You may be cursing this article right now. You might like the convenience of setting a schedule of ordering so that you can plan your days and weeks. It makes your inventory life more comfortable. However, now that you have seen the picture, you can’t be comfortable because you won’t be able to replenish guilt-free.
If you have set fixed cycles to make your life work better, you are replenishing too early the vast majority of the time. Your inventory is sitting much higher than it needs to be.
Now is your opportunity to deliver heroic results. Your role is about to become more challenging, but you will deliver valuable cash back to the organization. You will win.
Move away from fixed-cycle replenishment wherever you can and reap the rewards.
You don’t have the right demand planning tools
If you are still living on elaborate spreadsheets or ERP buying reports and tools, you might feel lucky just to get through each week.
One of the most common and expensive pitfalls of not having a true demand planning solution is that you are stuck buying on a schedule.
If your inventory solution does not look at every item and every supplier every night, and tell you exactly which lines need to be replenished to maintain service levels, then all of your replenishment is adhering to this expensive habit.
If this is the case, your inventory problems go far beyond the excess inventory caused from fixed cycles that are purchased too early. You are facing a lineup of costly pitfalls. Your inventory will stay high and your service issues will continue on uniquely challenging items.
Use this as motivator. Make this the start of your ROI analysis on a journey to best-in-class inventory planning.
Move forward intelligently; make financially smart replenishment decisions
Some retail and wholesale distributors have completely eliminated fixed cycle buying, but many still have some lines that remain with this strategy. Most inventory teams have experienced great results where they are able to make the change.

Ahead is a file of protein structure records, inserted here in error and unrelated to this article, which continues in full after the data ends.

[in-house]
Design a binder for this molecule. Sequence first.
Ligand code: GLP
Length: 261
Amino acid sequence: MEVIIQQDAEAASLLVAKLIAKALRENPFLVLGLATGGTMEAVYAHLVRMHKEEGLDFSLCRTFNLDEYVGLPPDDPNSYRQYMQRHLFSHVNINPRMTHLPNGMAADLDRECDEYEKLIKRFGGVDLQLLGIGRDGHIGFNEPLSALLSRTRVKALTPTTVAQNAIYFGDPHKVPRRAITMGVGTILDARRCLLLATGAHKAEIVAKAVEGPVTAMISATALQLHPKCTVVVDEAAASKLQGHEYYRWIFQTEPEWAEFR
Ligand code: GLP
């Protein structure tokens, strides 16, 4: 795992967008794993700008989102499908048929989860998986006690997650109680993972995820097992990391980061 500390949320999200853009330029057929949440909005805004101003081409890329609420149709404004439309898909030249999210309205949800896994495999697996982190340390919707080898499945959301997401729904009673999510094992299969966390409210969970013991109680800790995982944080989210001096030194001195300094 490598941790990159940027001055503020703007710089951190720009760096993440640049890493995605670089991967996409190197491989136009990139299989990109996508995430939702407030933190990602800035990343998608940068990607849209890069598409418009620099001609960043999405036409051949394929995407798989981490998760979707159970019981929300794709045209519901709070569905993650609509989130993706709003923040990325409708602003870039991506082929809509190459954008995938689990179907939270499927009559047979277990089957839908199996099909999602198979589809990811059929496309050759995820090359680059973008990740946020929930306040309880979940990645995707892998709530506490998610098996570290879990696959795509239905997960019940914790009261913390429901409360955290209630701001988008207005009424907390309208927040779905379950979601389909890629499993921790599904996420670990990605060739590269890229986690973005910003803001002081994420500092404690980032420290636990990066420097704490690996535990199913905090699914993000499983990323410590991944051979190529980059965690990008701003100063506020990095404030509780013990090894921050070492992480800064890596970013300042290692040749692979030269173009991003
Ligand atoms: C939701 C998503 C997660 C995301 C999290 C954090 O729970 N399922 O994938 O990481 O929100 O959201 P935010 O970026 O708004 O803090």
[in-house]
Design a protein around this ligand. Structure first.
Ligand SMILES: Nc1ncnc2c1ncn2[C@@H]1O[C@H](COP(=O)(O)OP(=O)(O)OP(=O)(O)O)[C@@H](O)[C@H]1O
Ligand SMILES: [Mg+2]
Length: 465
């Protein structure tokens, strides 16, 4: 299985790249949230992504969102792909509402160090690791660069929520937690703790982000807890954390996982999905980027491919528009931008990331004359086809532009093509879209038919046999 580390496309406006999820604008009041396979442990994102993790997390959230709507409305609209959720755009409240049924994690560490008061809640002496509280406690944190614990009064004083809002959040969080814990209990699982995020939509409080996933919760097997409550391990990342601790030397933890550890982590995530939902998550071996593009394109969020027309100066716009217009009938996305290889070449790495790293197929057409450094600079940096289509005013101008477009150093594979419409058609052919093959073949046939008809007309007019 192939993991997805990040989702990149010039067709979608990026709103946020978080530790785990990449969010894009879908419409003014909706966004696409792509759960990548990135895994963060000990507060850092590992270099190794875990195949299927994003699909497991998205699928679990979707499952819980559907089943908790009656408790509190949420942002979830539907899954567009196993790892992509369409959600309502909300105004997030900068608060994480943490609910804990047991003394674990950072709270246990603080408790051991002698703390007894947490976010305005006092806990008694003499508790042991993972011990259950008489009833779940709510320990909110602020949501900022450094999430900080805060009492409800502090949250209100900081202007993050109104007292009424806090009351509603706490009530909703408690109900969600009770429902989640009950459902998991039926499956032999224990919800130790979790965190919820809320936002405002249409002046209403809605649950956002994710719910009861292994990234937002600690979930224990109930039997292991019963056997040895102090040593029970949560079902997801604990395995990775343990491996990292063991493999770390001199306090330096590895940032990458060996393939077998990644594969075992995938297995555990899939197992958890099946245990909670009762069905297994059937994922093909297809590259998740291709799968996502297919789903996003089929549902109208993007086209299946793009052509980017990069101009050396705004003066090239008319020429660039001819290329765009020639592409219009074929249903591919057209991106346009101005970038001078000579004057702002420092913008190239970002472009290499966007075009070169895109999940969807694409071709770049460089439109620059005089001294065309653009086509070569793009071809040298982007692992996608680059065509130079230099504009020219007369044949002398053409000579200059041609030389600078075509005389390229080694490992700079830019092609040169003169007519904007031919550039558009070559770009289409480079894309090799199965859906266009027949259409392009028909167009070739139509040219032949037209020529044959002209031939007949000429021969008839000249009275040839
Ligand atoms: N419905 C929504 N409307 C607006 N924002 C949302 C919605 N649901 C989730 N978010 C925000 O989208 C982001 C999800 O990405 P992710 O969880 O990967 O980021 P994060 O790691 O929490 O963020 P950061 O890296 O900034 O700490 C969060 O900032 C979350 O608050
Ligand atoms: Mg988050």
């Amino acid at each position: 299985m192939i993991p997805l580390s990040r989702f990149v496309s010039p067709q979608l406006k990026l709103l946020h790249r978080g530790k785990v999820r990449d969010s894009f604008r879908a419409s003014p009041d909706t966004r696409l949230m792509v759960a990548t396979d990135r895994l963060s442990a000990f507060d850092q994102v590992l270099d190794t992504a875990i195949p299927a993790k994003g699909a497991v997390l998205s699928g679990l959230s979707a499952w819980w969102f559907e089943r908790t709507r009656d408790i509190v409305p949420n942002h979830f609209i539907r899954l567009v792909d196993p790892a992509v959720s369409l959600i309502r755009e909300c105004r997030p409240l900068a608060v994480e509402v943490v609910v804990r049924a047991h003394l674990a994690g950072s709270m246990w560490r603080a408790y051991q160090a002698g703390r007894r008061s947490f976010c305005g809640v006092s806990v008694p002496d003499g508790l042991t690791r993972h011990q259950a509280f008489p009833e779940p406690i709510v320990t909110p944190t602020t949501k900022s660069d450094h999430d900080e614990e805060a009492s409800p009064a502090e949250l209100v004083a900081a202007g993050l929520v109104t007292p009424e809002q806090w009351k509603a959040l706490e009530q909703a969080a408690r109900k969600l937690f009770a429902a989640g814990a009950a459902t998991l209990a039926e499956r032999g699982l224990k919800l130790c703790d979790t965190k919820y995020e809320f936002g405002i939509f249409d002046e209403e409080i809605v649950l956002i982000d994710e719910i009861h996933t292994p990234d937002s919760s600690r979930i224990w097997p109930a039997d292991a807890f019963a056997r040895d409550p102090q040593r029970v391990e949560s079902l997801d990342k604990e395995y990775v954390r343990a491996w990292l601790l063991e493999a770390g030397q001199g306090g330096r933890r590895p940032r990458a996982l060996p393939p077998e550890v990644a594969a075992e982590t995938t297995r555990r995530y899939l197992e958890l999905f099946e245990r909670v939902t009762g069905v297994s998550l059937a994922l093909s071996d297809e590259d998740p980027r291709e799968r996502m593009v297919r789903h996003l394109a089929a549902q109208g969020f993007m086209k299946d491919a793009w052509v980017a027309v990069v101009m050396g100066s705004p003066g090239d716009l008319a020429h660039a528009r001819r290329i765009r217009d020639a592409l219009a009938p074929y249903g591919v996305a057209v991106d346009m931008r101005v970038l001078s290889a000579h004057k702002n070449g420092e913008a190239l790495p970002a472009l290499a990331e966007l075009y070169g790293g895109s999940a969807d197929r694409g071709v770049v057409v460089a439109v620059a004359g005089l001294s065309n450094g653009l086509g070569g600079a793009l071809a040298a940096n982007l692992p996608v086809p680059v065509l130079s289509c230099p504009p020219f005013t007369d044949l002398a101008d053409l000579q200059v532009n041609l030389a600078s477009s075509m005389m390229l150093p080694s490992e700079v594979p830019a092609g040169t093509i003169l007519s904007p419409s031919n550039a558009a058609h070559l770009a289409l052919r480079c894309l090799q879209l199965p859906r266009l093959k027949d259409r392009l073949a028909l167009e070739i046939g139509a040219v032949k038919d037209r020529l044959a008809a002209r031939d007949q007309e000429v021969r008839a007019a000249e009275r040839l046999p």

Once you experience the inventory reduction from suppliers that are removed from fixed cycle replenishment, it will inspire you to work hard to move other suppliers to replenish based on need.
The image below shows a 10-day ordering cycle that is replenishing based on need while adhering to the required bracket. As we shared in a previous article on inventory reduction, the key to lowering inventory is not to buy less; it is to ‘buy later’.
Replenish when your items want to buy, and not when you or your suppliers prefer to buy.
Those who have moved the majority of their replenishment to buying on need have been pleased to see that it has actually resulted in a smoothing of receiving also. It is a more coordinated flow of supply and demand.
Watch related video: Inventory Reduction Strategy 101: The Problem with Fixed Cycle Buying
Inventory reduction will happen
Now you know the truth. You are looking at the top picture and recognizing the pattern in your world. See it as good news. View it as newly found cash about to happen.
Invite the other leaders in the organization to understand the cost of excess inventory caused by fixed cycle buying. A picture is worth thousands, or even millions, of dollars.
Work on changing the strategy as a team. Make each decision a financially sound inventory decision. Eliminate fixed cycle replenishment, or make it pay off!